A Colourful Train: Unveiling the Engaging History of Wedding Gowns

Bride getting out of the car

White dresses are a constant in weddings, especially in Western countries. When you hire a wedding planning service in London or New York, for example, the bride would certainly be offered a selection of white dresses to choose from. But this was not always the norm and bridal gowns from different eras did not have a standard colour.

Let us unveil how the Western wedding gown has changed throughout the years.

Ancient times and different cultures

Oftentimes, weddings in the ancient times were meant to seal economic unions instead of joining a couple in love. But their wedding day was still a cause of happiness and celebration for most brides, so they may have chosen to show it by wearing bright colours. Ancient Athenian brides, for one, were believed to have worn long robes in shades of violet or red. In ancient Rome, a girl is made to represent a torch and symbolise warmth on her wedding day, and would wear a bright yellow veil to emulate this.

The practice of wearing brightly coloured garments may have been even more prevalent in East Asia. Japanese brides traditionally wear several layers of differently coloured kimonos. In Korea, the bride’s clothing is conventionally meant to imitate royalty, usually with elaborate silk long-sleeved tops in multiple colours, like yellow, red and blue. And these wedding customs prevail in both countries to this day.

In China, however, bright colours were not always an option for brides. During the Zhou Dynasty (1046-256 BCE), bridal clothes had to be black with red trim. By the Han period, it changed to only black. But during the Tang Dynasty (618-906 AD), the edicts for bridal clothing became less strict and green became a fashionable colour to wear.

Medieval and Renaissance eras

Bride's hand holding a boquet

During the medieval times in Europe (5th to 15th centuries), weddings were still less about love. Marriages were mostly arranged for politics, so the bride needed to dress in a manner that casts her family in the best light. Medieval bridal garments had rich colours, opulent fabrics, and were often sewn with precious jewels. She may even wear furs, velvet and silk layers to add to the lavishness of her outfit.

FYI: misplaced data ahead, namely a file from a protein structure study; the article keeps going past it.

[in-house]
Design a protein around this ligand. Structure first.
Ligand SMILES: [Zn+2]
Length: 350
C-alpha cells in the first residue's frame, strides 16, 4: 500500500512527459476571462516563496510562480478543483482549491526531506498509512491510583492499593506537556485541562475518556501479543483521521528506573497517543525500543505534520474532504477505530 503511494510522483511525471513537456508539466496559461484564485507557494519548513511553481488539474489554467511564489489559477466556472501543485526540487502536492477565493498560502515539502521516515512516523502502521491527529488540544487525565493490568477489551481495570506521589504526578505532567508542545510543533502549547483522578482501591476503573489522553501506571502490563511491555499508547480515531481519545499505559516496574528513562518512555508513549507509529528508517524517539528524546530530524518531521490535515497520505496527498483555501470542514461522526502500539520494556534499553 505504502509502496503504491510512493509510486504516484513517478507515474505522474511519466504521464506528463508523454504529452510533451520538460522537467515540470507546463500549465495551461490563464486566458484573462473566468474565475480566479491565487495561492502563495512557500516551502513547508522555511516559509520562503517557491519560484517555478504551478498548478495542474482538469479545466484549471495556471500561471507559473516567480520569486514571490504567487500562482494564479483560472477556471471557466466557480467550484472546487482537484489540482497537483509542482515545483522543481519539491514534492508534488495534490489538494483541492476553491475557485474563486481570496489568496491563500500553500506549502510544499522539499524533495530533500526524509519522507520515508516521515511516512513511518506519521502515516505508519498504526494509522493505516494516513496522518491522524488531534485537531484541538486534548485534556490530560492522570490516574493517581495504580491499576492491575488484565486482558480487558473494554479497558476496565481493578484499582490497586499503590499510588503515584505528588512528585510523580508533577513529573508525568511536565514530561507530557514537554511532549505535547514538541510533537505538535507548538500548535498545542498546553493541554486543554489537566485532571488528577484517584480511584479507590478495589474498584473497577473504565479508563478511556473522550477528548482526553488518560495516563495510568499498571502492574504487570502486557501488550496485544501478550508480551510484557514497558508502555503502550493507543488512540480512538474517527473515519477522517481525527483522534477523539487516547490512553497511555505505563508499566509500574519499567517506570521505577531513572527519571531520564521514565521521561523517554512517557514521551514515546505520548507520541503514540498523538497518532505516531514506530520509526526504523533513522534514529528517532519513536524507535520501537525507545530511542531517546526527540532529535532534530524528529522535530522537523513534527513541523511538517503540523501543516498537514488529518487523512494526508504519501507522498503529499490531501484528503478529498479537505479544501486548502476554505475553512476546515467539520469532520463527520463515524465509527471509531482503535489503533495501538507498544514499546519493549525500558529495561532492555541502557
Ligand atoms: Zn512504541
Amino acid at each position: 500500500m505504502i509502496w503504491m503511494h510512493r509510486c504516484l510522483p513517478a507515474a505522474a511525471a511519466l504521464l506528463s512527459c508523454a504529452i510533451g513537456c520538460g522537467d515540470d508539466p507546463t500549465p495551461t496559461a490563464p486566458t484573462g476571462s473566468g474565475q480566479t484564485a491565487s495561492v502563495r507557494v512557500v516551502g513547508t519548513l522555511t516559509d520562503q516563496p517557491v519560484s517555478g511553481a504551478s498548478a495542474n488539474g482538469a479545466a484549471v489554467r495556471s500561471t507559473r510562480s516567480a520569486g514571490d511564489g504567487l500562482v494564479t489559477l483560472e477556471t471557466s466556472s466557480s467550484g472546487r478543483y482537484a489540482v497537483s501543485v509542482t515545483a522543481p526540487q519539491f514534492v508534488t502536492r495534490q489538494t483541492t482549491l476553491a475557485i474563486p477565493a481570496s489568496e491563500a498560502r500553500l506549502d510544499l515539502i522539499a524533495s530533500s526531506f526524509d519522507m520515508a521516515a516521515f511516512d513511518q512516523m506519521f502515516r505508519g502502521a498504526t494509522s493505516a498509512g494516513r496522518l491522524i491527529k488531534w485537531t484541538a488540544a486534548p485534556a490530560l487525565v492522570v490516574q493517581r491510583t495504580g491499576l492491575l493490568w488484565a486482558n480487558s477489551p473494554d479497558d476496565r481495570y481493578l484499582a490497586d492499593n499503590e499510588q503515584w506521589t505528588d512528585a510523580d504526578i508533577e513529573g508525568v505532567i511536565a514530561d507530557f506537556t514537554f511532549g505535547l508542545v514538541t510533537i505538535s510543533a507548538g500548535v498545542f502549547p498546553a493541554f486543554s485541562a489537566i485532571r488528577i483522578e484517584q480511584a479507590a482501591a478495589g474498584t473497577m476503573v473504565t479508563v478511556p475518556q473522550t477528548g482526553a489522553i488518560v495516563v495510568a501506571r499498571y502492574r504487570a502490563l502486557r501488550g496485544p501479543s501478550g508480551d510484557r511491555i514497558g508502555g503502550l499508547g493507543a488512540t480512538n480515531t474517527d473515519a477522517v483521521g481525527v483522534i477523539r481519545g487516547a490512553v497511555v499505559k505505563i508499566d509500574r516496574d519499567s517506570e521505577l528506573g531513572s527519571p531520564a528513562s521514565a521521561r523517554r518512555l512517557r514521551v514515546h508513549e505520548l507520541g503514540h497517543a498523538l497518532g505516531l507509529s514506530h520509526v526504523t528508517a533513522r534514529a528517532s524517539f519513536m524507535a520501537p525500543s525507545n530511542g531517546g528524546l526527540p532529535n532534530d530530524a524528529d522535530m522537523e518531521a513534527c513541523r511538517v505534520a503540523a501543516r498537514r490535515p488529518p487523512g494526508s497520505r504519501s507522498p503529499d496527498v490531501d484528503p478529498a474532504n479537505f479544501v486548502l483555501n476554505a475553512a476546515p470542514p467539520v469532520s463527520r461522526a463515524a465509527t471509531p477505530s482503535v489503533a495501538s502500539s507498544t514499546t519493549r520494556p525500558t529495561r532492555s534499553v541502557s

Come the Renaissance era (14th-17th centuries), the aristocracy set the standards for fashion even more. Weddings became an even more elaborate occasion, and bridal garments reflected this. This is also when the bridal train became popular, as part of long dresses that flow from the neck or shoulders down to the feet.

Queen Victoria’s white wedding gown

Prior to the Victorian era, white was not a common colour for wedding dresses. Brides typically wore red, yellow, blue, green, or even grey. This changed when Queen Victoria married Prince Albert of Saxe in 1840, wearing a white wedding gown. Her dress was made with handmade lace, so the young queen chose to be dressed in white to highlight her phenomenal dress. Since it was not popularly chosen as a colour to be married in, Queen Victoria’s gown surprised many.

Queen Victoria’s white wedding dress sparked a new trend. Aristocratic brides began wearing white wedding gowns all over Europe and across the Atlantic, as well. Due to the Industrial Revolution, even brides who are not of high social classes had access to the fashionable white wedding gowns of the rich, and became even more prevalent. As white became the norm for bridal dress colours, its styles also changed throughout the years.

Throughout history, what the bride wears on her wedding day depends on her culture, social class, and the prevalent norms. But even though the dress colour became somewhat standardised, brides nowadays may have more agency than their historical counterparts when it comes to their matrimony, and are free to choose whatever style or colour to wear on the big day.

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